Friday, March 14, 2008

A Puritan Catechism: Question 51

Q. How is the Sabbath to be sanctified?

A. The Sabbath is to be sanctified by a holy resting all that day, even from such worldly employments and recreations as are lawful on other days (Lev. 23:3), and spending the whole time in the public and private exercises of God's worship (Ps. 92:1-2; Isa. 58:13-14), except so much as is taken up in the works of necessity and mercy (Matt. 12:11-12).

7 comments:

Elizabeth said...

Interesting...does that mean it's wrong for me to grocery shop on the Sabbath, even if it's something I enjoy?

I like, too, that it talks about works of mercy being an exception--something the Pharisees surely failed to understand (as Matthew 12 references).

Jacob said...

What observing the Sabbath means is something I'm still working through. The guiding principle in all considerations of it needs to be Jesus' statement that "the sabbath was made for man, not man for the sabbath." The idea of taking a whole day off for rest and worship should not be something we dread, but something we look forward to.

Laura said...

Hmmm... how does this apply to pastors who have to preach four services on Sundays? ;)

The book of Hebrews somehow manages to clarify and complicate this issue. If, in fact, Christ is our Sabbath rest, then we rest in him, not merely on Sunday (or Saturday, I suppose), as an imitation and reflection of how God rested from his labors.

I have lingering questions about the inauguration of a new salvation-historical period after Jesus' resurrection and ascension and how that impacts our understanding of "sabbath." I guess we don't have a clear picture of how "sabbath" worked out in the apostolic and post-apostolic periods.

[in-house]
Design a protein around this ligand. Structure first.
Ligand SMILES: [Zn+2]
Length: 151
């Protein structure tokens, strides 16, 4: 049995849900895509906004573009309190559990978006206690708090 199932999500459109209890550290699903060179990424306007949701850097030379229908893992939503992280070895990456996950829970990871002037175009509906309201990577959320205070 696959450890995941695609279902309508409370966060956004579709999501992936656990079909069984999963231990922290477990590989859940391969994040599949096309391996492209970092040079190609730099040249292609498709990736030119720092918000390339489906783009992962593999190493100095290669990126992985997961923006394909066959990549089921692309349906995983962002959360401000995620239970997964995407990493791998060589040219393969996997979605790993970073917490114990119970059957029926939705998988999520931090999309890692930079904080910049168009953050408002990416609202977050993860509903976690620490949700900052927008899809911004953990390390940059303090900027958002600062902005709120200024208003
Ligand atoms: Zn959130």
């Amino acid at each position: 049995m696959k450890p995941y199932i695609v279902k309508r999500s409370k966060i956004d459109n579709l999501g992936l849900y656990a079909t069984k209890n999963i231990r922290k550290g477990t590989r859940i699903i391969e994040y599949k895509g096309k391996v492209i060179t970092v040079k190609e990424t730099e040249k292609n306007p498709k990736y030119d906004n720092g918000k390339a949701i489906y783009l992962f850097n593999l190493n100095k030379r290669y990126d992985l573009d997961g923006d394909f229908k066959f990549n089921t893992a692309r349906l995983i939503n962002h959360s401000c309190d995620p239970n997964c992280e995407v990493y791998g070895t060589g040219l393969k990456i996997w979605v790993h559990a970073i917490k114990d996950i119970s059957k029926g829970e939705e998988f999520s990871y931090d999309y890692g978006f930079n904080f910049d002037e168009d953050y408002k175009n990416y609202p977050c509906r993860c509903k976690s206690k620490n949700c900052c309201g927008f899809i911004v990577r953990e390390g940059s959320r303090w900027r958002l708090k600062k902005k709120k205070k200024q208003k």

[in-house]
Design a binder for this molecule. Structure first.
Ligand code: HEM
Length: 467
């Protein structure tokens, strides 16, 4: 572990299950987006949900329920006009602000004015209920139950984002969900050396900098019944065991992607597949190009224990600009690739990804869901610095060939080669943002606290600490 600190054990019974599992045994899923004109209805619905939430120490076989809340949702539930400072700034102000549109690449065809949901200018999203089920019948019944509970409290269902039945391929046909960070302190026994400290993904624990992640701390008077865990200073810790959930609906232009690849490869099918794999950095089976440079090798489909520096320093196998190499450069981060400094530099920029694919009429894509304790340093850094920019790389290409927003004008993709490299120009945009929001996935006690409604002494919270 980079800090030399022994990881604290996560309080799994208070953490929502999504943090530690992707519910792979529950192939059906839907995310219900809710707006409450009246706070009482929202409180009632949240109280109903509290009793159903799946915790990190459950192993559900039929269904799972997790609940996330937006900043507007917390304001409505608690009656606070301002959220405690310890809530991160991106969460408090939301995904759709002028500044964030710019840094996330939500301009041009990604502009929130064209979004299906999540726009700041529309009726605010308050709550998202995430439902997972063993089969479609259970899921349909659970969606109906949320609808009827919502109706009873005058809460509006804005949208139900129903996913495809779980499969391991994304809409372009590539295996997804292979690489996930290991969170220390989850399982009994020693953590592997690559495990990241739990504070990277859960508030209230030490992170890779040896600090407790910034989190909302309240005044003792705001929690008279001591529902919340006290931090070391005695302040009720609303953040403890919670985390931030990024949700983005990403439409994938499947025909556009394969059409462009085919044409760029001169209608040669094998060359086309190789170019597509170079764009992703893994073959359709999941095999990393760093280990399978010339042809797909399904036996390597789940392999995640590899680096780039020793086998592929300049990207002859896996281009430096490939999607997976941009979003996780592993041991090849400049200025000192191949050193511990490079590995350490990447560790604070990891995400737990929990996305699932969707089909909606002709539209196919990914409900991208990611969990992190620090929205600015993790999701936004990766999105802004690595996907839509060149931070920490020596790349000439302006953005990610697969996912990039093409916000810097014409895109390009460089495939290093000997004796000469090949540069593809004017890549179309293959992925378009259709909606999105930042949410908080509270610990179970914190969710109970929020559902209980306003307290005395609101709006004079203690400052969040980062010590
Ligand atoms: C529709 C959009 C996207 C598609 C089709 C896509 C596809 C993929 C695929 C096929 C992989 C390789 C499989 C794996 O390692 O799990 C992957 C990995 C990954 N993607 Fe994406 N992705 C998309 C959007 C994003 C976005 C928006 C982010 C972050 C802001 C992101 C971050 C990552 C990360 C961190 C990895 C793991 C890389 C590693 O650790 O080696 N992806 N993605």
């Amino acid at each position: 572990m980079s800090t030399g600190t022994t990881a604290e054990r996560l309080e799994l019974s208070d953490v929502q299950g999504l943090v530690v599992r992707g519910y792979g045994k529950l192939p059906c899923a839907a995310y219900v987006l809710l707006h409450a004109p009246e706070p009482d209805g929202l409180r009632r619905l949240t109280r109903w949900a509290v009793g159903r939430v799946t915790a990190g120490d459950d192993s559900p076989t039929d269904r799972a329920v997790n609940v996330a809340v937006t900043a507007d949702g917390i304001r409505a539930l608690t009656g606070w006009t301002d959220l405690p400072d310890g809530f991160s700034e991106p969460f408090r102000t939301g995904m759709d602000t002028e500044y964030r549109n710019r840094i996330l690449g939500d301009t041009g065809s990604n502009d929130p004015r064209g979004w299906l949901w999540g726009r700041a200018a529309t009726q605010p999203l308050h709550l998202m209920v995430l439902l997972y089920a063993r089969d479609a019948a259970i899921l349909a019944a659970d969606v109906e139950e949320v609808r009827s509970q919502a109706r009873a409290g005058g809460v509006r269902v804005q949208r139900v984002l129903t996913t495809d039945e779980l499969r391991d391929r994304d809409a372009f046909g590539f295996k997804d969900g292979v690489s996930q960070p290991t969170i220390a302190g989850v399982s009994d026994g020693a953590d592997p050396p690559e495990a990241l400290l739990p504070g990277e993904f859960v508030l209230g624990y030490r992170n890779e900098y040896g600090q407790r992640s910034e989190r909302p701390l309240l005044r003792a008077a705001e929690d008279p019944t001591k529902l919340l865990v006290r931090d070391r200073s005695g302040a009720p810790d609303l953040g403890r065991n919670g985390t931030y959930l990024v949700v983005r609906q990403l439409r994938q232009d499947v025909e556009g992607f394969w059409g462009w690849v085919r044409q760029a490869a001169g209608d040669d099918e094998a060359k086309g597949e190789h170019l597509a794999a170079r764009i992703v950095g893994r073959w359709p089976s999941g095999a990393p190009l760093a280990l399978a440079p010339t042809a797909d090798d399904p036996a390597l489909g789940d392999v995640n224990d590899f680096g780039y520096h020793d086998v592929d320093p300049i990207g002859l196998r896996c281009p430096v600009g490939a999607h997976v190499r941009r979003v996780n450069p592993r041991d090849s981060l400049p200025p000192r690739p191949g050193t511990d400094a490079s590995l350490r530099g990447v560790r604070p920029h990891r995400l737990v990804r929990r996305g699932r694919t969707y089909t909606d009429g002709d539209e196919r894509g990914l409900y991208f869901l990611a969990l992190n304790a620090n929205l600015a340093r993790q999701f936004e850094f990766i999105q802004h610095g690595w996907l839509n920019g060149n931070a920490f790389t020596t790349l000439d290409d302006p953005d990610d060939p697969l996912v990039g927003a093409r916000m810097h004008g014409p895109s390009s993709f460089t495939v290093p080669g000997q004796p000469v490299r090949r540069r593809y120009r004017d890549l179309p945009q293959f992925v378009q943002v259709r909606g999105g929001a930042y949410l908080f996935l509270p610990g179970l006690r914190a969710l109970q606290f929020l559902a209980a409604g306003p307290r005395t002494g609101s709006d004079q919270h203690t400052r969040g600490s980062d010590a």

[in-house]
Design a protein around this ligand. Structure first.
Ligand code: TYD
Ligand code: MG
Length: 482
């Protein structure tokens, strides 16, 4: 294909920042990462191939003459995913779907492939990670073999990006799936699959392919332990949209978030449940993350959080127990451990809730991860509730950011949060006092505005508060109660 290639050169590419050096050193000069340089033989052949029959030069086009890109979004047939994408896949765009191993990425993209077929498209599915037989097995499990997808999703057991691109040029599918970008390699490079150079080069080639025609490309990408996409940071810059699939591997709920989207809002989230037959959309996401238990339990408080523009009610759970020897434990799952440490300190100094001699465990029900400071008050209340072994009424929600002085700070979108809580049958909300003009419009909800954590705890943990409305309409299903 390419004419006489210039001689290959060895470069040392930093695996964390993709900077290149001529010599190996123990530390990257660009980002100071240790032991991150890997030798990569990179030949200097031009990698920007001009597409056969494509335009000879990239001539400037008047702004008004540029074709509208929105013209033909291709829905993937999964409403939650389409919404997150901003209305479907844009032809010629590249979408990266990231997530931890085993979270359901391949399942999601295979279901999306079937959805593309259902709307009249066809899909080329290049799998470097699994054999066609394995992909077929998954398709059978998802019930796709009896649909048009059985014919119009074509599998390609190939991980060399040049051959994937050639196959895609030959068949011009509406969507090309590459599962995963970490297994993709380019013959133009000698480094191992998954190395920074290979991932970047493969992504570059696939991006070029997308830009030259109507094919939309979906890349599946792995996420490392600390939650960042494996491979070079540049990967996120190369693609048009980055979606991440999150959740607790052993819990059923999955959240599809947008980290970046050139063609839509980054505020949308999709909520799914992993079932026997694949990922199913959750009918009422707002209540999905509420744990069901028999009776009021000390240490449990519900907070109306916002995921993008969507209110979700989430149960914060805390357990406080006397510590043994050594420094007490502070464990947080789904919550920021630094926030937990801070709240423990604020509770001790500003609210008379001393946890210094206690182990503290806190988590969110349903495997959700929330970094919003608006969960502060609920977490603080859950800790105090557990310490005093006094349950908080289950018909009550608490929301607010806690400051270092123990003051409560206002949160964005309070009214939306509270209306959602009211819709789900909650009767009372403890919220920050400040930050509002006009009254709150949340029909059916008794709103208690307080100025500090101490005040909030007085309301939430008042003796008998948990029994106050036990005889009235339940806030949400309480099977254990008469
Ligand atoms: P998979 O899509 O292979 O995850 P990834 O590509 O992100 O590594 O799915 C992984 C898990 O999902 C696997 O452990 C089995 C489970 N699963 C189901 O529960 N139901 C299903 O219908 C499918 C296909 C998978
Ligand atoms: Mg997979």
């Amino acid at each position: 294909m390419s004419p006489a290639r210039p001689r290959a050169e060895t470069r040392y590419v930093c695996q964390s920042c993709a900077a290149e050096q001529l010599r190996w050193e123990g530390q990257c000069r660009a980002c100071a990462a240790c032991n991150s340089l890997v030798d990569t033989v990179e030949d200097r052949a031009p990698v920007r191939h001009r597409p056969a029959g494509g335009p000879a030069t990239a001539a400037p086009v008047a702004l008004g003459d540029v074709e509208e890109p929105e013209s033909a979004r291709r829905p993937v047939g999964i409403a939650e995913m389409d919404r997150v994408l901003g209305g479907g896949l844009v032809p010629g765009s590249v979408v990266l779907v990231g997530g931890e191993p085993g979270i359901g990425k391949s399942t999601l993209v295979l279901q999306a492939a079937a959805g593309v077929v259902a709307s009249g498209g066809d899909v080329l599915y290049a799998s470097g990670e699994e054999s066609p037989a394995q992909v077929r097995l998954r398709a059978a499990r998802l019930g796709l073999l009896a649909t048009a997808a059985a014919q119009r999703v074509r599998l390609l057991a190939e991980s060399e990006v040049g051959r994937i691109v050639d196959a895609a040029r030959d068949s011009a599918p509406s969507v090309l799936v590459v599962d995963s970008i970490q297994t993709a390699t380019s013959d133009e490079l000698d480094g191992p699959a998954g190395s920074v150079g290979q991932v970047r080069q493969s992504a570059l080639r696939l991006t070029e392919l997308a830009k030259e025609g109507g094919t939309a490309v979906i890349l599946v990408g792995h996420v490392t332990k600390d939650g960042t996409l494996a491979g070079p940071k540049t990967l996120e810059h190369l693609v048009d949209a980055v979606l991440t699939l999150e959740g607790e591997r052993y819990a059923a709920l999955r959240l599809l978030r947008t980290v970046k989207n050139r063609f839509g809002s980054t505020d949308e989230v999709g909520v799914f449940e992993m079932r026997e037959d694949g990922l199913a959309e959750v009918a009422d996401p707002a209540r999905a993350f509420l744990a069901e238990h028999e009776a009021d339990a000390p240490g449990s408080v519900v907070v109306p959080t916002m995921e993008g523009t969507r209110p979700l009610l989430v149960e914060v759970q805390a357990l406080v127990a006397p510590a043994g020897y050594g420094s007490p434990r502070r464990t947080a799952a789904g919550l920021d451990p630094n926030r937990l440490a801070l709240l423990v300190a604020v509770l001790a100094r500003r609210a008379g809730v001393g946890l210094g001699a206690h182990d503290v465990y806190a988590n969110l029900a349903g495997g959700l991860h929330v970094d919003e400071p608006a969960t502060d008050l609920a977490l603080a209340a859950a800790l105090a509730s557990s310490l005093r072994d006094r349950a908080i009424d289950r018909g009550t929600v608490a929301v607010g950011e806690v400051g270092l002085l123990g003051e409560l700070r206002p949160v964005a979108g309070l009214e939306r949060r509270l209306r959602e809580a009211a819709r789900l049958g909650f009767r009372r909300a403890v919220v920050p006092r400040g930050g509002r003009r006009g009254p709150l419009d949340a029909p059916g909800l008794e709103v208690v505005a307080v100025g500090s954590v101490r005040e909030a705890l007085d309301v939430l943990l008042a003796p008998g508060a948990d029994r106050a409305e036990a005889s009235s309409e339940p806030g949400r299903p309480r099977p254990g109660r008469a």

Jacob said...

There is a tension, I think, between the idea of setting aside one day exclusively for the worship of God, and the idea of worshiping God in all things that we do. I think this is something Mark Driscoll hit on in that sermon on the Regulative Principle you blogged about, Laura. If we are worshiping God in our thoughts and actions, both individually and in a community, monday through Saturday, how exactly are we to make Sunday set apart other than abstaining from inconsequential matters?

Laura said...

Well, and to what extent are we to set aside "inconsequential matters" in all of life? You're right about that Regulative Principle sermon and the whole idea of Worship-As-Life being a controlling principle of this discussion.

So how do I address this with my kids someday (Lord willing)?

Jacob said...

Were I one of those bloggers who thinks he knows all the answers, I'd probably say something foolish. Thankfully, I have just enough humility to know that I don't know the answer to that one myself just yet. While there are some things I feel gutsy enough to offer speculation on, I'd much rather wait until I have a slightly more educated opinion on this one. Hopefully that happens before I have to address it with my kids someday (Lord willing).

Jacob said...

Here is the link to the chapter on the Sabbath and Lord's Day worship from the 1689 London Baptist Confession
http://jdouvier.blogspot.com/2008/01/lbcf-1689-chapter-22-of-religious.html